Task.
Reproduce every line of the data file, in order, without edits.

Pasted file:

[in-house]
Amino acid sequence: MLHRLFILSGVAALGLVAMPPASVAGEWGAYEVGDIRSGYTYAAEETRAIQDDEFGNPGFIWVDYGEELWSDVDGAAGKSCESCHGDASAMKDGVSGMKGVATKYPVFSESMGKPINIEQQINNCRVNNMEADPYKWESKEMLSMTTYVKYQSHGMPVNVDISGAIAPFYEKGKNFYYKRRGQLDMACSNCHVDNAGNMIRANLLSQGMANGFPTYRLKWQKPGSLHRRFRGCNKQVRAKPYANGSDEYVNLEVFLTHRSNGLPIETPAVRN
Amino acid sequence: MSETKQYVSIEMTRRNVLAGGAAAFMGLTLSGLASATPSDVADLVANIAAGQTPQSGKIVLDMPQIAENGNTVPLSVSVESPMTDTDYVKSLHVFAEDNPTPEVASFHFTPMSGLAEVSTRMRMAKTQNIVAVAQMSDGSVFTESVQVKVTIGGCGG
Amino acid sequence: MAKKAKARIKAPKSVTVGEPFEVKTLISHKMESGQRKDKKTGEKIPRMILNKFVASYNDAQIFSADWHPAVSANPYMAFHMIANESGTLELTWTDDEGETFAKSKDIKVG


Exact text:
[in-house]
Amino acid sequence: MLHRLFILSGVAALGLVAMPPASVAGEWGAYEVGDIRSGYTYAAEETRAIQDDEFGNPGFIWVDYGEELWSDVDGAAGKSCESCHGDASAMKDGVSGMKGVATKYPVFSESMGKPINIEQQINNCRVNNMEADPYKWESKEMLSMTTYVKYQSHGMPVNVDISGAIAPFYEKGKNFYYKRRGQLDMACSNCHVDNAGNMIRANLLSQGMANGFPTYRLKWQKPGSLHRRFRGCNKQVRAKPYANGSDEYVNLEVFLTHRSNGLPIETPAVRN
Amino acid sequence: MSETKQYVSIEMTRRNVLAGGAAAFMGLTLSGLASATPSDVADLVANIAAGQTPQSGKIVLDMPQIAENGNTVPLSVSVESPMTDTDYVKSLHVFAEDNPTPEVASFHFTPMSGLAEVSTRMRMAKTQNIVAVAQMSDGSVFTESVQVKVTIGGCGG
Amino acid sequence: MAKKAKARIKAPKSVTVGEPFEVKTLISHKMESGQRKDKKTGEKIPRMILNKFVASYNDAQIFSADWHPAVSANPYMAFHMIANESGTLELTWTDDEGETFAKSKDIKVG